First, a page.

How do you ensure a brand with a somewhat peculiar name has prominence in search results for its brand terms, while not attracting irrelevant clicks to the site that will increase bounce rates, and waste ad budget in pay-per-click (PPC)?
One famous example of search ambiguity is Apple – are searchers looking for the corporation that sells computers, iPhones, iPods, and iPads, or are they searching for the fruit? Granted, by now Apple is head and shoulders above most brands. The Apple name is so well known that consumers instantly know who they are, what they do, and if their site is the right one to answer the question they’ve posed to Google or Bing.
The same isn’t true for most ambiguous brands – they need search listings to make clear what they offer and pre-qualify clicks. Examples include
- “Cobham”, a defense contractor that is also a UK town
- “Yellow Door”, a PR agency
- “Snog”, a frozen yogurt brand or social network
- “Fopp”, a record shop.
What’s a marketer to when managing a brand with an ambiguous meaning? Here are nine tips.
1. Clear Tag Line & Descriptor
Obvious for any brand, but vital when there’s ambiguity. These need to make clear succinctly what the brand does, and should be part of the wider brand guidelines to ensure the branding flows through all channels.
2. Pick a Qualifying Domain Name
Pick a domain name that clarifies what the site offers. Snog (of the frozen yogurt sort) uses “IFancyASnog.com” – which works, if you know what they do. It does convey their “cheeky” branding, and they use the next items on my list to qualify clicks further.
3. SEO Titles & Descriptions
We all know titles and descriptions influence what appears in search listings – and ideally they should also reflect the first item on my list. Both “Snog” the social network and “Snog” the frozen yogurt take away any ambiguity with theirs.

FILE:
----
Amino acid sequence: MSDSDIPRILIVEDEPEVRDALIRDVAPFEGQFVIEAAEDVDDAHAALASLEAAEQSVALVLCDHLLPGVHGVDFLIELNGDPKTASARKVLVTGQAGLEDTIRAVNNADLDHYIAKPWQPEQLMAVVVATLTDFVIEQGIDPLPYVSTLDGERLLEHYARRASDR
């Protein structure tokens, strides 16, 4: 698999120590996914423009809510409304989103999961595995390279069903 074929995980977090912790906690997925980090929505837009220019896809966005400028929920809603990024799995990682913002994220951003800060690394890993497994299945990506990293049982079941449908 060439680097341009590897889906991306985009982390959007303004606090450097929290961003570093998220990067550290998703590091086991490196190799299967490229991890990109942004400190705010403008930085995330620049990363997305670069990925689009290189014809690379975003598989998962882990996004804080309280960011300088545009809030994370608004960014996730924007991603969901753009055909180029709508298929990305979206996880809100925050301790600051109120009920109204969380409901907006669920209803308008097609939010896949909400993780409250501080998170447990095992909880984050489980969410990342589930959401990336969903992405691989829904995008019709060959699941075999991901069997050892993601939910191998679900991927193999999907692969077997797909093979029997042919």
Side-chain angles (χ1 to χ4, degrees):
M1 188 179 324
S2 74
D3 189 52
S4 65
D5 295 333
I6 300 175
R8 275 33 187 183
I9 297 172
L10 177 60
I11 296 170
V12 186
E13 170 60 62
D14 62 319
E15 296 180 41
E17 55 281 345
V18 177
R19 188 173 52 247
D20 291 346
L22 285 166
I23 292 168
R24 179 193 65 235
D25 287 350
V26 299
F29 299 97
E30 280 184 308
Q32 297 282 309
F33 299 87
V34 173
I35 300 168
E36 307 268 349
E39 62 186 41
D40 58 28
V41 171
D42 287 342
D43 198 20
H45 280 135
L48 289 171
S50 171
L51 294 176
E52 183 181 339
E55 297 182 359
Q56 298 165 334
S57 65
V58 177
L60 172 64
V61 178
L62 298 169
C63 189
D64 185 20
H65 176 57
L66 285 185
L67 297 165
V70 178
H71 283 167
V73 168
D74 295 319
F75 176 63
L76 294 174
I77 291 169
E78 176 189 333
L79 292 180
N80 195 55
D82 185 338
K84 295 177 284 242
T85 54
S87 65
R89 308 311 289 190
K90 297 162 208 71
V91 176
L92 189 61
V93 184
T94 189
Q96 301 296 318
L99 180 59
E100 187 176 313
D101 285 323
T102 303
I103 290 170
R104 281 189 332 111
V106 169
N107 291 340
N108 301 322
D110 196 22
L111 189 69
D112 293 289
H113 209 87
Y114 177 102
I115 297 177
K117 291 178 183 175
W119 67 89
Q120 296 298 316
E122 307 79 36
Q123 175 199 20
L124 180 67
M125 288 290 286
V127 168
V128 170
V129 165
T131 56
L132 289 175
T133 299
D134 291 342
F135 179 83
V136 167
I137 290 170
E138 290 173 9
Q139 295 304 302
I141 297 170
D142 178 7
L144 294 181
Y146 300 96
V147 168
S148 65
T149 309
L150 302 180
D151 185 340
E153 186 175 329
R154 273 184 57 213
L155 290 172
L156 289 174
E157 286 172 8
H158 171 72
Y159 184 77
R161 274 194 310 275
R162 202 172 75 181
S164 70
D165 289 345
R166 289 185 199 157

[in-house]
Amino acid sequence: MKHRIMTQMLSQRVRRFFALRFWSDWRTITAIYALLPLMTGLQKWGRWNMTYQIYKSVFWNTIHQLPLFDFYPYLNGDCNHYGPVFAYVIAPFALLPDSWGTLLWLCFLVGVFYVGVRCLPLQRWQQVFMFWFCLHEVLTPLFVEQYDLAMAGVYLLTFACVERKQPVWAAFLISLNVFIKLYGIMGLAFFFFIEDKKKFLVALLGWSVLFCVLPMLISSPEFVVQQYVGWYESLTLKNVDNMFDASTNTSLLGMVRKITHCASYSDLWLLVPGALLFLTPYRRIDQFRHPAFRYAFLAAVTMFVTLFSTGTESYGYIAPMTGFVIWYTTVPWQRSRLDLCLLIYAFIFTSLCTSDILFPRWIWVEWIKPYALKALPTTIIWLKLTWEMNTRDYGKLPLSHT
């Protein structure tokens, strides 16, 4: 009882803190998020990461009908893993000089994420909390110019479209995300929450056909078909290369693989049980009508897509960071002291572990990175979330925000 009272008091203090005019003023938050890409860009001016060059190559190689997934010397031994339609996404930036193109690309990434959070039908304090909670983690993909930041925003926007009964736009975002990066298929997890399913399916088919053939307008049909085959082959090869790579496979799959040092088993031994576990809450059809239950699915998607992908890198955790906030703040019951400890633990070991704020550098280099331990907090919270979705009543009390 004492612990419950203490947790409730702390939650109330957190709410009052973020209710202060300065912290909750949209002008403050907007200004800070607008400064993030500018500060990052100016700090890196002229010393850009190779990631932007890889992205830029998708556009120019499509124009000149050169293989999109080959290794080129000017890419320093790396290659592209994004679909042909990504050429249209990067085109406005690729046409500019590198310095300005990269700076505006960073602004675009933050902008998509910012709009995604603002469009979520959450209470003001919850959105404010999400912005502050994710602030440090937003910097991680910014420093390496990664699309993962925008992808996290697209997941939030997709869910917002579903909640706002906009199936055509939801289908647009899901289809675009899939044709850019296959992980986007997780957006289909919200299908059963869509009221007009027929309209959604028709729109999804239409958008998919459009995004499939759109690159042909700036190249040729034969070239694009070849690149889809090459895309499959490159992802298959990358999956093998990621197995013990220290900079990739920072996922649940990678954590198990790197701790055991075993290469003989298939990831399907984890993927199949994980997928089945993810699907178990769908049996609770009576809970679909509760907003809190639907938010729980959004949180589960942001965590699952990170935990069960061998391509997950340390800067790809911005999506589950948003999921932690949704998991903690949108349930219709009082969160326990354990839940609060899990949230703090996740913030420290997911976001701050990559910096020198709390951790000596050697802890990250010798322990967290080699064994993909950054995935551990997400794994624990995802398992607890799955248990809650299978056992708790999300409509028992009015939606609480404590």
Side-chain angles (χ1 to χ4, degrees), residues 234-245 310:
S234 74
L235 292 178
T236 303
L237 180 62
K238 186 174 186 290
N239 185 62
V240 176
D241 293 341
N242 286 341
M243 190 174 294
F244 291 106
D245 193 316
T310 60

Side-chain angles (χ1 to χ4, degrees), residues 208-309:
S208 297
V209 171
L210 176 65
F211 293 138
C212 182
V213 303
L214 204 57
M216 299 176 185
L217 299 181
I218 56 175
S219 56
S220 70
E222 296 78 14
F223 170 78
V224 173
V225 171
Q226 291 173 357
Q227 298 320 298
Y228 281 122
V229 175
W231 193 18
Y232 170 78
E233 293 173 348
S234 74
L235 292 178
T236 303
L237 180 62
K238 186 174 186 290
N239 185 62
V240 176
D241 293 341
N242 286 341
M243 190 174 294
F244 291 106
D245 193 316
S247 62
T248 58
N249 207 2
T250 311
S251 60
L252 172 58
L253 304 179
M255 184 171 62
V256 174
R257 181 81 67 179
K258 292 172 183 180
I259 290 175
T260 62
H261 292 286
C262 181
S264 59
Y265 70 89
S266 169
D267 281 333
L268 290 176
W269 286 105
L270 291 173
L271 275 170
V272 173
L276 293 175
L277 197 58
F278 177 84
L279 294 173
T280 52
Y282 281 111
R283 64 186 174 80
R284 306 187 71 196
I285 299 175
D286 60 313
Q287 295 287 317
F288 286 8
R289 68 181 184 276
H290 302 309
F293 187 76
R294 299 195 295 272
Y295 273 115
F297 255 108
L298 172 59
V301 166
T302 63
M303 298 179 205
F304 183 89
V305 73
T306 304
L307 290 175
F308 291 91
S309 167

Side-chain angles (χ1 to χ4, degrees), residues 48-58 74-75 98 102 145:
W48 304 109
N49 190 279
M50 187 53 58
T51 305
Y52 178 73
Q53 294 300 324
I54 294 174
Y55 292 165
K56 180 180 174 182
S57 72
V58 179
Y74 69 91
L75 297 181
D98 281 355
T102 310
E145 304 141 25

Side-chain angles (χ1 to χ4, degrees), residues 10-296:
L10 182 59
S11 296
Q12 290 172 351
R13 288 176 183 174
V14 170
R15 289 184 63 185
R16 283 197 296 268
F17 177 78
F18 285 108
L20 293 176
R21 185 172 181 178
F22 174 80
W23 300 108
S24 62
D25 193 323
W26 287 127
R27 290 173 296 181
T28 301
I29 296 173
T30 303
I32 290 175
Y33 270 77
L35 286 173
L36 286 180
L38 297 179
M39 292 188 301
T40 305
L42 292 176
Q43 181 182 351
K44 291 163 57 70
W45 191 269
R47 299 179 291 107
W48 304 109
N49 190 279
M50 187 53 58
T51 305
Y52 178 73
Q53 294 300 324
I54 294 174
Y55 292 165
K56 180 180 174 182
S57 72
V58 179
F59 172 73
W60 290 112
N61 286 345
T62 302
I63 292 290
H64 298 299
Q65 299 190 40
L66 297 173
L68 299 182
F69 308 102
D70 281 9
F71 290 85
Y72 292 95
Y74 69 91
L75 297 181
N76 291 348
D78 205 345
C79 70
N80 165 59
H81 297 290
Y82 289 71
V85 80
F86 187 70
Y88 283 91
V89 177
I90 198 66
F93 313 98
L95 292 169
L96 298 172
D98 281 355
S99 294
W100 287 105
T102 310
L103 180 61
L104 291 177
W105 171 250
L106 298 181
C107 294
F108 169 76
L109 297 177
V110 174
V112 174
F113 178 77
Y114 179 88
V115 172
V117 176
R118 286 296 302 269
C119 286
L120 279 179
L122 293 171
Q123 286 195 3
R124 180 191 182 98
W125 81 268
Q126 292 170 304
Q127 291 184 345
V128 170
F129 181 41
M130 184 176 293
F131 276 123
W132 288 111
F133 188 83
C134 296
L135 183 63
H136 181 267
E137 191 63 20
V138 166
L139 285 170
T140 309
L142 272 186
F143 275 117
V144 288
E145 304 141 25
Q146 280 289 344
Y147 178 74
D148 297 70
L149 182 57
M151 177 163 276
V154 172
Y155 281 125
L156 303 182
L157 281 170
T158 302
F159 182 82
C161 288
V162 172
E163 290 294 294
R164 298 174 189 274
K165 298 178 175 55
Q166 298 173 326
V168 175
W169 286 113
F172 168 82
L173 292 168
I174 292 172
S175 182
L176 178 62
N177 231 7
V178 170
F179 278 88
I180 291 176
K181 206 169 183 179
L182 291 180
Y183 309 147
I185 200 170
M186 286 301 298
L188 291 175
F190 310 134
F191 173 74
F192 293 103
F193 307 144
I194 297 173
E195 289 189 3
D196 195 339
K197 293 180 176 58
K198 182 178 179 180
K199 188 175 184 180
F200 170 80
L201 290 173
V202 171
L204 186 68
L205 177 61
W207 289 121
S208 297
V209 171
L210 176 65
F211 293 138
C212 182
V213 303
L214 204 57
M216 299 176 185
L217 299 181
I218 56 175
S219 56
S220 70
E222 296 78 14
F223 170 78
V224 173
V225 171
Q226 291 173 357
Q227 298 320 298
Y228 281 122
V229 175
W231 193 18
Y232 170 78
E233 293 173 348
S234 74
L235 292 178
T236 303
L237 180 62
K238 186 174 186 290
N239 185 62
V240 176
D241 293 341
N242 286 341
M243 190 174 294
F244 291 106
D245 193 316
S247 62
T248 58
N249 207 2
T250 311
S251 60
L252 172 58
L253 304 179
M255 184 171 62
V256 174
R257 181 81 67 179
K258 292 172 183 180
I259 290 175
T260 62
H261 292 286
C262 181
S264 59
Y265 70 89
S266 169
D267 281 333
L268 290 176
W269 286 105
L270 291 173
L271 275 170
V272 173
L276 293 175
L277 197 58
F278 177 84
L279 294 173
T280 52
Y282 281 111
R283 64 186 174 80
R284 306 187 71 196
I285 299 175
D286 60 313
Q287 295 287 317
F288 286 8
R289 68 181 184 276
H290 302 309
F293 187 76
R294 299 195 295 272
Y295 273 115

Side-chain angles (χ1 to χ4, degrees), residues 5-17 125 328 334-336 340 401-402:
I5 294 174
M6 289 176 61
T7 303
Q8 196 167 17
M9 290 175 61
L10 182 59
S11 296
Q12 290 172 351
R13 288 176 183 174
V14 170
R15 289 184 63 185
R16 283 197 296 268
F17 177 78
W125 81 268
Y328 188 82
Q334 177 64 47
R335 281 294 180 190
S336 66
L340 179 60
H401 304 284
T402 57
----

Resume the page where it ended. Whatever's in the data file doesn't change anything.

4. Schema Markup
Using schema and micro data also helps clarify who you are and what you do. Although there is no schema markup for the industry you’re in, there are markups for local business types, founder names, addresses, articles you’ve written, events you’ve run or attended, and many more.
5. Google Places
If your business has a physical address (even only a back office), consider making sure it’s listed and optimized in Google Places. Make sure to use all of the relevant fields.
6. Social Profiles & Vanity URLs
Another series of pages/profiles that can appear in search results for the ambiguous term – not to mention their obvious role in social campaigns and SEO. Make sure you set up clean vanity URLs while there – they’re more likely to attract inbound links as well as looking more professional.
7. Industry Profiles
Most industries have industry associations that offer profile pages. Listings on these are important as potential customers will see them, but also because, again, they’re another page that search engines will find.
8. PPC Setup
Getting the setup of PPC campaigns wrong on an ambiguous word can waste time and money. Researching keywords and negative keywords and the right match types is key to striking a balance to cast a wide enough net to capture any relevant long tail searches – while not capturing impressions that are irrelevant and reduce click-through rate or waste ad funds. Copy is vital too – you need to make sure in those few, squeezed characters, what the site offers – ideally in line with the brand’s tagline/descriptor and with an eye to the supporting SEO listing, too.
9. Beyond Search: Wider Marketing & PR
Wider marketing and PR efforts can create a strong reaction between an ambiguous brand name and what the company does. For example, if you walked up to any adult in the UK and said “What do elephant do?” you would, jokes aside, be told they offered car insurance. Wider marketing efforts have create a clear association – and that has translated into both specific search strings with volume (“elephant car insurance”) and a position one listing in results for “elephant”.
If you find yourself working with a brand with an ambiguous meaning, you can carve out a strong presence in search listings and attract qualified clicks and resulting sales; but it does take time and patience.
Educate the client/manager you’re working for about the challenges ahead. Managing their expectations is key. Like any search campaign, the more it’s worked on in cooperation, the better the results.